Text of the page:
[60] Shach 111/12

[61] As since the Issur is Rabbinical we assume the Issur fell into the pot that contains enough Heter to nullify it. [Shach 111/12]

[62] Shach 111/12; This is unlike the opinion of the Bach which rules that the above law applies even by a Biblical prohibition.

[63] See Shach 111/14

[64] Shach 111/11

[65] See Yad Yehuda that explains this statement of the Michaber to be referring to Issurim that are not nullified in 60x, and not to 100 pots as even if there are three pots they are nullified to each other Yaveish Beyaveish and hence the above law of Tziruf would not be necessary.

[66] Shach 111/20

[67] Rama in name of Issur Viheter

[68] 111/10

[69] His reasoning is because Biblically majority suffices to nullify the Issur, and hence since both pots individually contain majority, the Issur is nullified. Now although Rabbinically one requires 60x and if the pots are not mixed there is definitely not 60x the Issur in one of the pots, nevertheless since it is a doubt as to which pot the Issur fell into therefore we permit each pot on the basis of Safek Derabanan Lekula, even before they become mixed.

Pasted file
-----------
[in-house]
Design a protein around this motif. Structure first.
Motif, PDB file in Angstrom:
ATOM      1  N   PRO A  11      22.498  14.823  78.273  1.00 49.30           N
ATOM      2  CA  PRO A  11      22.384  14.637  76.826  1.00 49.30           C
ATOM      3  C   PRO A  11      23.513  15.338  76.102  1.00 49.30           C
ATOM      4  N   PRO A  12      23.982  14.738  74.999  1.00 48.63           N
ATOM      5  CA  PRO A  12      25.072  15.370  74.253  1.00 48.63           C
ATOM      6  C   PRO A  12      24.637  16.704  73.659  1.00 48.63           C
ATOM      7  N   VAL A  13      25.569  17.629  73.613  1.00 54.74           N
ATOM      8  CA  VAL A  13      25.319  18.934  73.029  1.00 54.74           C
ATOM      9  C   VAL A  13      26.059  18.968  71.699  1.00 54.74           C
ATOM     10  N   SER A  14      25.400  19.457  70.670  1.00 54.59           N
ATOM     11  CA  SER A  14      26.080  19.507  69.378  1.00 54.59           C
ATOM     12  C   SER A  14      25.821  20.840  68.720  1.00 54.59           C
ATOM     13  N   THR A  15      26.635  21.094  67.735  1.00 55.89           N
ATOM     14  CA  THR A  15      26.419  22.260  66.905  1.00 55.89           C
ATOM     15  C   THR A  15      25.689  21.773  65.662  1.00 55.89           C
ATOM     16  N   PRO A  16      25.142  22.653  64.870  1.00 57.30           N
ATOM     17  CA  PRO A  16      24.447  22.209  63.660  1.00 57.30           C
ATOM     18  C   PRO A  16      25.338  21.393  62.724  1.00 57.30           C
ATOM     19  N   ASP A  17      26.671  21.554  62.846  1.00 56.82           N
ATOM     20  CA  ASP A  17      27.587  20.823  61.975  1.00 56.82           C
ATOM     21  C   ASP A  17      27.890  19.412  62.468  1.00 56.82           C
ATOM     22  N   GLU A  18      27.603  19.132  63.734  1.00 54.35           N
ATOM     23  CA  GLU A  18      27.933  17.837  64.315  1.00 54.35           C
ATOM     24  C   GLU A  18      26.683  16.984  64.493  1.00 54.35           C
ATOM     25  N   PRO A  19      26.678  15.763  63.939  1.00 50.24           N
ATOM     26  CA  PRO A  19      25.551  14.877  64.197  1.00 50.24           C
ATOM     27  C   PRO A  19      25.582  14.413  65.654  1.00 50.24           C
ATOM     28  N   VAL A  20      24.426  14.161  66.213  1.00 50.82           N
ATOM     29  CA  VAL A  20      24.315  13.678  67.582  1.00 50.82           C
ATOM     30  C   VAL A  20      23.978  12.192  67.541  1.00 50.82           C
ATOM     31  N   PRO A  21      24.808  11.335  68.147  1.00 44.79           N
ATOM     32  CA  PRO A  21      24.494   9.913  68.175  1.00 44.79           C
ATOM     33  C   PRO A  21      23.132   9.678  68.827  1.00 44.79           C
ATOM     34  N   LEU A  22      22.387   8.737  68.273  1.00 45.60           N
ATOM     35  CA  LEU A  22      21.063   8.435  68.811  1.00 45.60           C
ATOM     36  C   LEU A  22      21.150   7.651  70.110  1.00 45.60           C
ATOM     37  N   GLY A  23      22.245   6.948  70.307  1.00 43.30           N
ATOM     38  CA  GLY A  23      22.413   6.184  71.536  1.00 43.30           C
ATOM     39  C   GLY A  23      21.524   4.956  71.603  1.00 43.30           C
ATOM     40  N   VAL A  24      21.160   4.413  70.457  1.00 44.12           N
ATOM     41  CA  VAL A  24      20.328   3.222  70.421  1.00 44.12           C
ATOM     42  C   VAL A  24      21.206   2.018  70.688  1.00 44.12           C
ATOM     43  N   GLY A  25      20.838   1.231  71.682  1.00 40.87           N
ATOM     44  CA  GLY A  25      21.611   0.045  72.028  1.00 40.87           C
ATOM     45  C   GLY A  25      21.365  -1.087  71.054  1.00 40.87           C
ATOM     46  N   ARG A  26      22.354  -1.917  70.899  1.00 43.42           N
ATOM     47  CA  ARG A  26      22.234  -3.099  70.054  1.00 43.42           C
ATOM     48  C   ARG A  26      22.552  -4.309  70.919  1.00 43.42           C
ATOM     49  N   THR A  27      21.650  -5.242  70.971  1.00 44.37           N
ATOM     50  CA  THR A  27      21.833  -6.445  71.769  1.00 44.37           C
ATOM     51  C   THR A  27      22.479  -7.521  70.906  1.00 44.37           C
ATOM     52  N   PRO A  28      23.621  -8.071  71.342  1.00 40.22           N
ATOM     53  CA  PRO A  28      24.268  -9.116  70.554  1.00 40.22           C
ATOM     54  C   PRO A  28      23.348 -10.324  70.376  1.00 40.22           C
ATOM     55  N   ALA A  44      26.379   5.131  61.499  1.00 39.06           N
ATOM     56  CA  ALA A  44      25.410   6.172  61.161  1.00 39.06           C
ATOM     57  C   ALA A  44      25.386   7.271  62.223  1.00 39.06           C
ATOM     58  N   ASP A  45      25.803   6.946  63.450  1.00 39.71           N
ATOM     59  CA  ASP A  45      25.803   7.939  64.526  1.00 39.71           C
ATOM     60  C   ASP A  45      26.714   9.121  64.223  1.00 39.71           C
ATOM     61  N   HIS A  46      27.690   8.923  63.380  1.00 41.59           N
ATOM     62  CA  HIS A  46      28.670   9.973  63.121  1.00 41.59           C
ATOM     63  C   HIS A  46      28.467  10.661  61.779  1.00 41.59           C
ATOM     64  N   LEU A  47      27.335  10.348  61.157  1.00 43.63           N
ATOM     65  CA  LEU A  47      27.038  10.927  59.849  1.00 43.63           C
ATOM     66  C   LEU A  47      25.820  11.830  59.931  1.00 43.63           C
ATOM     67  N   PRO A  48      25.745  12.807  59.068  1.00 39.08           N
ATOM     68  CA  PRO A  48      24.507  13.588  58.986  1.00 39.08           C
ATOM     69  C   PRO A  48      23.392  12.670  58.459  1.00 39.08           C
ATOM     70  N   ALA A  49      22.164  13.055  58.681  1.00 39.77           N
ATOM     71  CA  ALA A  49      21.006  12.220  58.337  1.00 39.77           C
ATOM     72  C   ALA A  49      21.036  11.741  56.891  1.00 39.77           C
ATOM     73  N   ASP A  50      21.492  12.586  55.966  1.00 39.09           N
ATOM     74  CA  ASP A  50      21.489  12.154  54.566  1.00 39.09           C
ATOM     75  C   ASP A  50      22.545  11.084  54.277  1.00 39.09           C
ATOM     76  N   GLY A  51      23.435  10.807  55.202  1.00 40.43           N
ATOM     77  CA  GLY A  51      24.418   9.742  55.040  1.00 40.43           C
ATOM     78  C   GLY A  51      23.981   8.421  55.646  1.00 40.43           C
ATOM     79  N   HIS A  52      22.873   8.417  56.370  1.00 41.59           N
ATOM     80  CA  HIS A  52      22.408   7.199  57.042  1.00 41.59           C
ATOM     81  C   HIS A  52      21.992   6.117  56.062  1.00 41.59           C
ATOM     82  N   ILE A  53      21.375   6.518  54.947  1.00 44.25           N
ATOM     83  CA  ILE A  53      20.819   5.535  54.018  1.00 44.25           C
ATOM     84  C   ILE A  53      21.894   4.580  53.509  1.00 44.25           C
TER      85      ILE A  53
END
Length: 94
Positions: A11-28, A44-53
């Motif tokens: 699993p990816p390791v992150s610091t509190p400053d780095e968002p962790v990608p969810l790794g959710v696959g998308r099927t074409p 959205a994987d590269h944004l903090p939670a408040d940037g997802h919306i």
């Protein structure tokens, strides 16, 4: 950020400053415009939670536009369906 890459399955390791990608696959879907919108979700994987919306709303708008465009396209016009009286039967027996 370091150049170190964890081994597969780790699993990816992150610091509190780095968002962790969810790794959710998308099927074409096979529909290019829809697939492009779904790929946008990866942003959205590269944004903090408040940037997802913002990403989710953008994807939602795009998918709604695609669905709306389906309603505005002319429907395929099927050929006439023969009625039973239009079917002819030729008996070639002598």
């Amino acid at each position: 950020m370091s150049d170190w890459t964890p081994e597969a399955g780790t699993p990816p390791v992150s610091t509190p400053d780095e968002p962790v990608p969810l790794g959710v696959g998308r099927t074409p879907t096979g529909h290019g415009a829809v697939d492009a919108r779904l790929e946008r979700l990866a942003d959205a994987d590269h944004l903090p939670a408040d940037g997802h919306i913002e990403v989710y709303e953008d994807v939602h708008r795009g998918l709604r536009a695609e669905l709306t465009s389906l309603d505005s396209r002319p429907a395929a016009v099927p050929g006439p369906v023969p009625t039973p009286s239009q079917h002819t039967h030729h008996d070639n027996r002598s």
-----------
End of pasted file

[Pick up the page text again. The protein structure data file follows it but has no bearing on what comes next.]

[70] 111/7; So rules also Peri Chadash in his glosses on the Shulchan Aruch here

[71] Shach 111/20

[72] The Shach brings the Reih which rules that if the Issur is not the same taste as the Heter pots [Min Beino Mino] then we do not join the pots together. Likewise even if the Issur and Heter have the same taste, if it is a mixture that is able to give off taste, such as Lach Belach then the pots do not join. Practically the Shach rules that due to this opinion we do not allow the pots to join even if they belong to one person unless it is a case of great loss. [Shach ibid]

[73] Shach 111/16; Peri Megadim 111 S.D. 16; See however Degul Merivava